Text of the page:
The Times from Shreveport, Louisiana on June 21, 2002 · Page 23
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The Times from Shreveport, Louisiana · Page 23

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Friday, June 21, 2002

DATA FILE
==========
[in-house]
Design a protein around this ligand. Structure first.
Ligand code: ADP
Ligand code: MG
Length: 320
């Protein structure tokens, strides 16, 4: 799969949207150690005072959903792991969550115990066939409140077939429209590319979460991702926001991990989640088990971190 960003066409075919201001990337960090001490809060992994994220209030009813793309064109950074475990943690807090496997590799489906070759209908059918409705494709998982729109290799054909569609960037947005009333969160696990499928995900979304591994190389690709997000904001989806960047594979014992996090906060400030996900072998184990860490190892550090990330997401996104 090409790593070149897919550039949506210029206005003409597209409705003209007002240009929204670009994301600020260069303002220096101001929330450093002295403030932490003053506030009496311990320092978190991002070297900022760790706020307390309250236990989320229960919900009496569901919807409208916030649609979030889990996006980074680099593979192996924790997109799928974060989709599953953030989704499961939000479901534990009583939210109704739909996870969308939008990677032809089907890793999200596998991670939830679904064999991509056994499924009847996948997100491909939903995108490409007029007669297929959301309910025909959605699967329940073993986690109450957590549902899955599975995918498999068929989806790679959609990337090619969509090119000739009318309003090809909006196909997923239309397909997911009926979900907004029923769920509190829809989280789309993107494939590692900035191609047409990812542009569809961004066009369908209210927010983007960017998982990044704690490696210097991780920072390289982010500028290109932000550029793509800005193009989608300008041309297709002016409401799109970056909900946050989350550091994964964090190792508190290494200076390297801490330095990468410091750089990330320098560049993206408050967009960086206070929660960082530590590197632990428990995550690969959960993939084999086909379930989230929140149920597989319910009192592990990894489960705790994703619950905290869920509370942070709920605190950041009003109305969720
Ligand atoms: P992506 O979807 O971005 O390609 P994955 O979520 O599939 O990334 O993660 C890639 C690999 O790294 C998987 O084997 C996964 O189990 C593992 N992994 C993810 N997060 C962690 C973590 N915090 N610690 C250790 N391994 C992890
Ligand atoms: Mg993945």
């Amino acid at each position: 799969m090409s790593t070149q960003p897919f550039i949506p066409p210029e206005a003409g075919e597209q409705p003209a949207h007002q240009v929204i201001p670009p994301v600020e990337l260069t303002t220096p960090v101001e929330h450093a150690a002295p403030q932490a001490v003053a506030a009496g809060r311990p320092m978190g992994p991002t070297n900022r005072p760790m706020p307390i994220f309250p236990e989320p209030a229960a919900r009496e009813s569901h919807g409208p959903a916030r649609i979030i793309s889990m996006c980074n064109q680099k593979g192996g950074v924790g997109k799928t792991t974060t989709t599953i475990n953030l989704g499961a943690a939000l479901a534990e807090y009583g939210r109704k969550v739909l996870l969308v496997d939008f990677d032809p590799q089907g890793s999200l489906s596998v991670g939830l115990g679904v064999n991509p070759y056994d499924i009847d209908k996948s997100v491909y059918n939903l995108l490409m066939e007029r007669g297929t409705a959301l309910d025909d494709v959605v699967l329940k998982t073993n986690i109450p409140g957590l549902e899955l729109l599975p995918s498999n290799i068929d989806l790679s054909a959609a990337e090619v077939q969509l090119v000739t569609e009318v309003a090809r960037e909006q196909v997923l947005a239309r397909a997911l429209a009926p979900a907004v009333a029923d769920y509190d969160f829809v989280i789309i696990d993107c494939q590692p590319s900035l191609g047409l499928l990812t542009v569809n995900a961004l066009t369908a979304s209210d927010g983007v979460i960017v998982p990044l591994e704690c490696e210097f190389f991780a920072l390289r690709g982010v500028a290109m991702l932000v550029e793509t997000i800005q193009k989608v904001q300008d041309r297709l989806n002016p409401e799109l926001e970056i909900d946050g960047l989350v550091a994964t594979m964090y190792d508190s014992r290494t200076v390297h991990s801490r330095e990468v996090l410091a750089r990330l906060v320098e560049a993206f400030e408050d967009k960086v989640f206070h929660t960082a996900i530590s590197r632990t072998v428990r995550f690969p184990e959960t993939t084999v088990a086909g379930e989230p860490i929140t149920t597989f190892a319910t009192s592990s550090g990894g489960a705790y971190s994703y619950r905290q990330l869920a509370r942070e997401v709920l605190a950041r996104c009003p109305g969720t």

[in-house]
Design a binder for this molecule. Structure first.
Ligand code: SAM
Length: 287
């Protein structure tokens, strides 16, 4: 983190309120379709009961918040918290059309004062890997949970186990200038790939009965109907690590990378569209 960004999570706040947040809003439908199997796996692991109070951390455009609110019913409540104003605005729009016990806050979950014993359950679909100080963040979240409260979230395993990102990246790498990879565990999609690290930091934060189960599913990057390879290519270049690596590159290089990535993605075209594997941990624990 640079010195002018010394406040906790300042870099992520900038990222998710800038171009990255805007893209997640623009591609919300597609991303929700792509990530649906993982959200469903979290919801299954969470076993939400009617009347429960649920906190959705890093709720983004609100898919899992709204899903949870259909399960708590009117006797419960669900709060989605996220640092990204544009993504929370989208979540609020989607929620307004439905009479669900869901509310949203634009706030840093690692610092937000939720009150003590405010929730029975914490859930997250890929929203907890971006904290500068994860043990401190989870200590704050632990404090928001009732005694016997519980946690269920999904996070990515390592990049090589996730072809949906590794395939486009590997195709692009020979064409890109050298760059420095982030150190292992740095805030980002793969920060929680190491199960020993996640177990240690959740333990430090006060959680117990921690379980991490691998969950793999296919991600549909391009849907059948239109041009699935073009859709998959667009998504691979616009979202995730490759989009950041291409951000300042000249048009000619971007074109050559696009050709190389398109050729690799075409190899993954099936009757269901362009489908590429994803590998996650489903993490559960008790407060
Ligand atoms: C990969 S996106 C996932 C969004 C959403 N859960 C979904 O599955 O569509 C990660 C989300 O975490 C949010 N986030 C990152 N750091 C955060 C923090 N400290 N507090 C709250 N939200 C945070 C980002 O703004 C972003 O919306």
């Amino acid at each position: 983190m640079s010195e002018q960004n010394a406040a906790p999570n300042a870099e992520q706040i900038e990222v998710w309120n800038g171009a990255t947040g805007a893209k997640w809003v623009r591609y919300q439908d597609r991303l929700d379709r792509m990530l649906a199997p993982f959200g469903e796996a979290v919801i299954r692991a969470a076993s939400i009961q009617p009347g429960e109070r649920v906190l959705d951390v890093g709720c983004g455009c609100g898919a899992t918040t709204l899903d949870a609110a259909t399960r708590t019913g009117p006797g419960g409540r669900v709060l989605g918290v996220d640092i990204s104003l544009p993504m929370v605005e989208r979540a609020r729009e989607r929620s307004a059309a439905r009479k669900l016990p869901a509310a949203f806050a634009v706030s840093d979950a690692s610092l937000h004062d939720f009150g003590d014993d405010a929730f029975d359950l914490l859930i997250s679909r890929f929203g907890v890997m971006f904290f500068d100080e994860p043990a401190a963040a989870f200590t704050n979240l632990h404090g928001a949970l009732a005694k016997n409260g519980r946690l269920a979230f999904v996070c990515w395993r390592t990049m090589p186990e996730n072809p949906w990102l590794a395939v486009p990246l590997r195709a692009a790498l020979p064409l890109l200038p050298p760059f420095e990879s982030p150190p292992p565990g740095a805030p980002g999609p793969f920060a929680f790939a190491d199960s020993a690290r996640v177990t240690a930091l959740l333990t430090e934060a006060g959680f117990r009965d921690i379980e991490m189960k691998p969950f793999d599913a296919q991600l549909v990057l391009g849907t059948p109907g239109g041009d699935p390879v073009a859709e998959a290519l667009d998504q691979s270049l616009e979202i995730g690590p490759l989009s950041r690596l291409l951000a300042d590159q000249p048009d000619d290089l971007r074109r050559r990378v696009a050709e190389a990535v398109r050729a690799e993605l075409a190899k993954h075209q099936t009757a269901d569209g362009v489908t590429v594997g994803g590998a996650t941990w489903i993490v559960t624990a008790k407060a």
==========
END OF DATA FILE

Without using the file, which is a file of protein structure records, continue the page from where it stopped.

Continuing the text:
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Castillo extends streak to 34 games. Page 4C (She Qlime INSIDE Doland excelled on and off field at McNeese, 2C D Meredith Duncan advances in Western Amateur, 2C D NHL approves safety nets for spectators, 5C ' mm CONTACT JOHN McCLOSKEY 459-3295 or sportsshreveporttimes.com FRIDAY, JUNE 21, 2002 3 Steve Wilstein Baseball can't hide steroids now NEW YORK Baseball's commission-er and union head are talking a good game about steroid abuse. . Trouble is, it sounds " '. like all talk. As if the only things that matter are counteracting bad publicity and placating a , few critics in Congress. Bud Selig and Donald Fehr have finally acknowledged, at least tacitly, that baseball has a drug problem. That's a lot farther than they were willing to Opinion -go four years ago when . Mark McGwire kept androstenedione in his locker while launching 70 moonshots. Their reaction then was to shrug it off and commission a study, asking Harvard sck entists to check out andro. . v - Big surprise, the scientists told them two years later that andro does raise . testosterone levels and might lead to liver damage and other nasty problems. Selig and Fehr didn't do anything then or when, around the same time, 10 team doctors warned of widespread steroid abuse. Nor did Selig and Fehr express alarm when more and more players .-- -showed up each spring with grotesquely transformed bodies, claiming their new 30 pounds of steely muscle came just from working out over, the winter. Now with Jose Canseco saying, albeit in his typically hyperbolic way, that 85 percent of ballplayers are juiced, and Ken Caminiti acknowledging that he used steroids during his 1996 MVTseason, ho. one can pretend that baseball does not ' have a mess to clean up. i "You're talking about the health and welfare of a group of people, which is very important," Commissioner Bud Selig said Wednesday in Milwaukee while calling for steroid testing in the labor agreement under negotiation. , "No one cares more about the game, , the health of the players, than the players themselves," players association boss Donald Fehr told a Senate committee Tuesday during hearings on steroid abuse in baseball. c- Fehr allowed that it might be time for Congress to study andro. Robert Manfred, baseball's executive vice president for labor relations, said Congress should consider reclassifying andro and similar testosterone boosters from over-the-counter supplements to controlled drugs that require prescriptions. That's easy for Fehr and Manfred to say. It doesn't call for any accountability from the players or the owners. What would mean something would be a year-round, random drug-testing program. A program that has teeth in it, that would punish players for cheating and send a message that steroids won't just be discouraged, they won't be tolerated. Jerry Colangelo, owner of the Arizona Diamondbacks and Phoenix Suns, noted at the Senate hearing that the NBA has mandatory random tests for steroids. The NFL also tests for steroids while the NHL, like major league baseball, has no policy regarding their use. Random testing, Colangelo said, "would be a necessary and fundamental step in the direction of ridding steroid use in major league baseball" Fehr is not willing to go anywhere near that far. He still puts protecting players' rights to privacy ahead of worries about their health and influence over youngsters. The union might accept limited steroid program but don't count on players handing over urine samples whenever a tester shows up without cause. Similarly, Selig's comments notwithstanding, baseball owners don't have the interest, gumption or resolve to press for Olympic-style testing. For one, muscle-bound home run sluggers sell tickets. For another, there are more urgent problems a luxury tax and contraction, for example on the collective bargaining table. With strike talk fouling the air, neither side is likely to go to the mat over steroids. So all the talk of doing something about steroids is probably just that Up service. A way to sound sincere in response to embarrassing claims by Canseco and Caminiti. . Selig and Fehr are saying things now that they should have said four years ago when McGwire acknowledged using andro. Instead, afraid of sullying McGwire's record as he and Sammy Sosa helped revive baseball from the lingering morbidity of the 1994 strike, Selig and Fehr danced around the issue. They can't do that so easily anymore. Steve Wilstein is a national sports columnist for The Associated Press. Stewart watched U.S. team flourish Today's game U.S. vs. Germany, . ESPN coverage ' beginsat6a.m. . Results online Click on www.shreveportti mes. com and look for News ,. from the Wire. ' INSIDE: Injured Armas watches dream go by, 3C The Associated Press ULSAN, South Korea Earnie Stewart remembers the old days, when the United States was a soccer outsider that other countries ridiculed. He's spent 12 years with the American national team, helping it become a contender with global soccer powers and reach the World Cup quarterfinals today against Germany. "We've come a long way with the whole program, with the players, with everything for U.S. soccer," he said. Stewart led the United States with three goals in the semifinal round of qualifying for the World Cup and scored five of the Americans' 11 goals in the 10 games of the final round. 1 Yet, on ; a team where 20-year-olds Landon Donovan and DaMarcus Beasley stand out with their fearlessness and Clint Mathis , sticks out with his Mohawk hairdo, Stewart stays in the background. "He's a great leader on the Arena field," U.S. coach Bruce Arena said, citing Stewarf s "experience, quickness, ball possession" and calling him ttie foundation of our team during qualifying." Stewart is so low-key that he never told anyone around the team until two years ago that his name is spelled "Earnie." Go back to July 4, 1994, when he appeared on the cover of Sports Illustrated, and he's referred to as "Ernie Stewart" "He just kind of pointed it out," said Jim Moorhouse, who heads the UJS. Soccer Federation's media office. "And we said, 'Really?" ,. But on Tuesday night he uncharacteristically stood out at the U.S. team hotel, dressed in scarlet, as the Italy-South Korea game was being shown on TV. "I had on my Korean shirt and everything last night to support them," Stewart said. "I felt like that was the least I could do." As the United States fell behind Poland by three goals last Friday, he was convinced his World Cup career had just minutes left. And then South Korea scored to beat the Portuguese, allowing the Americans to advance to the second round. My U-i. . Jr.V'v'-'-'v r-V t . &mm Grand Nationals give Shreveport-Bossier City international exposure. By Brian Vernellls . The Times - After getting a total of 4 uz hours of sleep Monday and Tuesday night, you would expect Jack Roller's eyes to be heavy with prominent dark circles . around them. But instead of finding exhaustion dropping from his face, Roller was bright and alert, though harried on Wednesday. His appearance was deceiving. Even he admitted he was drained after the first day of the AAUUSA Grand National Wrestling Championships at Hirsch Coliseum. As the tournament director, everything revolves around him. By Saturday, the final day of the tournament, about 1,000 wrestlers will have competed in the oldest wrestling tour-. nament in the world. On that first day, Roller was zig-zag-ging around Hirsch, making sure everything ran as smoothly as possible with , about 170 wrestlers competing in the Sombo tournament "It's been a real challenge," he said that first day. "We had about 200 kids . (Wednesday), well have 500 (Thursday) and close to 800 (today and Saturday). We've had different problems than we would with all the kids here. We got 2,460 kids through in Reno for the Reno World Championships easier than the 200 kids we had (Wednesday) ." His problems began early Wednesday morning when 11 of the 13 timers used for the matches were malfunctioning. A hasty phone call to an electrician resolved that problem. The four-day event actually plays out as three separate tournaments attracting wrestlers from around the globe. The license plates in the Hirsch parking lot read like an atlas Virginia, Ohio, Alaska, Pennsylvania, New Mexico, Colorado. Wrestlers from Venezuela, France and Bulgaria also attended the first day. I See AAU 3C Event schedule TODAY: 8:30 a.m. Opening ceremonies; 9:30 a.m. Freestyle tournament begins, continues until pool placement is decided SATURDAY: 8 a.m. Freestyle tournament resumes; 4-6 p.m. Approximate time of finals ' 'ibJiet'''' ij -'u' Sfy (I, - V Brad Ezell of Illinois (bottom) winces as Richard Smock of Nebraska pins him during a match at Jessica UlghThe Times the AAU Grand National Championships at Hirsch Coliseum on Thursday. After the game, he looked drained and spoke like someone who had been pardoned. "1 think everybody, including myself, had the feeung that we were done," he said. The son of a U.S. Air Force veteran and a Dutch mother, Stewart lived in the United States only from 1971 to 1976. When the USSF discovered he was a citizen, he was called in to join the national team after the 1990 World Cup. . He scored the winning goal in the 2-1 upset of Colombia at the 1994 World Cup and proposed to his girlfriend Yvonne in the afterglow of the victory. Texas edges Stanford Longhorns advance to Saturday's championship game. The Associated Press OMAHA, Neb. - The school that's been to the College World Series more than any other is back in the title game for the first time in 13 years. Texas clinched a berth in Saturday's championship by beating Carolina war reaches boiling point, 5C S t a n ford 6-5 a y night. "It's been our moment. It's been a ride where we've been destined to be to this point," Texas coach Augie Garrido said. Jeff Ontiveros and Dustin Majewski homered and relievers Jesen Merle and Huston Street shut out the Cardinal over the last four innings as Texas beat Stanford for the second time this week. The Longhorns (56-15) advanced to the final game for the first time since 1989 and will play for the title against the winner of today's game between South Carolina and Clemson. "We had our goal set on the World Series and winning it" said Majewski, whose solo homer in the seventh broke a 5-all tie and held up as the game-winner. "I think we deserve to be here the way we worked all year long." The Longhorns are in their 29th CWS and have four national titles, the last in 1983. Stanford had opened its last two CWS appearances 3-0, then lost in the title game. The Cardinal fell to the elimination bracket after an 8-7 loss to the Longhorns on Monday. "They played tough. We jumped on them early but they battled back," Stanford coach Mark Marquess said. "We had some chances to score, but See HORNS 5C " Air f V-'V...:. -- .&bts&r -JrfW('Bi r Saints kick off final minicamp Saints comerback Dale Carter (top) attempts to tackle rookie wide receiver Donte' Stallworth during Thursday's workouts. The Associated Press NEW ORLEANS Aaron Brooks is still working on technique, still honing his skills, in fact, still learning the names of all the new people on the practice field for the New Orleans Saints final minicamp. Still, Brooks, who is going into his second year as the Saints starting quarterback, was one of the seasoned pros on the field Thursday. Of the 93 players in the minicamp, 50 of them are in their first year with New Orleans. "My job is just to bring them along," Brooks said of the additions to the Saints offense, "slowly but surely." After a minicamp and the coaching sessions condensed from seven weeks a year ago to a 3'Vweek stretch that ended last Friday, the players have been exposed to the complete playbook, coach Jim Haslett said. "We've been working hard since we got here," Haslett said. "What we did was put in the offense, defense and special teams. It's the third time they're going to hear it There H be some mistakes, but hopefully when we get out of this camp and by the time we get in training camp there won't be any." Brooks is pleased with the increase in speed hell have on the offense this year. No. 1 draft pick Donte' Stall-worth and free agent Jerome Pathon are expected to add threats at wide receiver. "We're still working on things," Brooks said. "But every step makes us better." Haslett is happy with the depth on both offensive and defensive lines. There are 12 players on each one in camp this week. "In addition to our five starters, we feel that we are going to have real good backups as well," Haslett said. The biggest area of concern is running back. Ricky Williams was traded to Miami this spring, leaving the starting job to Deuce McAllister. "I'm proud of what Deuce has accomplished this offseason," Haslett said. "He's going to play at about 230 pounds, that's about 12 pounds more than he weighed last year. He's stronger, he looks like an NFL running back." Come out and play fjfr Louisiana Downs Off-track betting daily: Only 7 days until Opening Day! On Friday, June 28, it's here at last...a w hole new season of spectacular Thoroughbred racing. Tlus tons of special events for everyone to enjov. Make vour seating or dining reservations todav for Opening Weekend. Call 318-747-RACE or 800-551 -RACE.' Saturday, June 22 Fillies and marcs go posrvvard at Belmont Tark in the $250,000 Hempstead Handicap and at Hollywood Tark in the $250,000 Vanity Handicap. Racing from around the country. Doors open 11 a.m. daily. For information call (318) 742-5555 i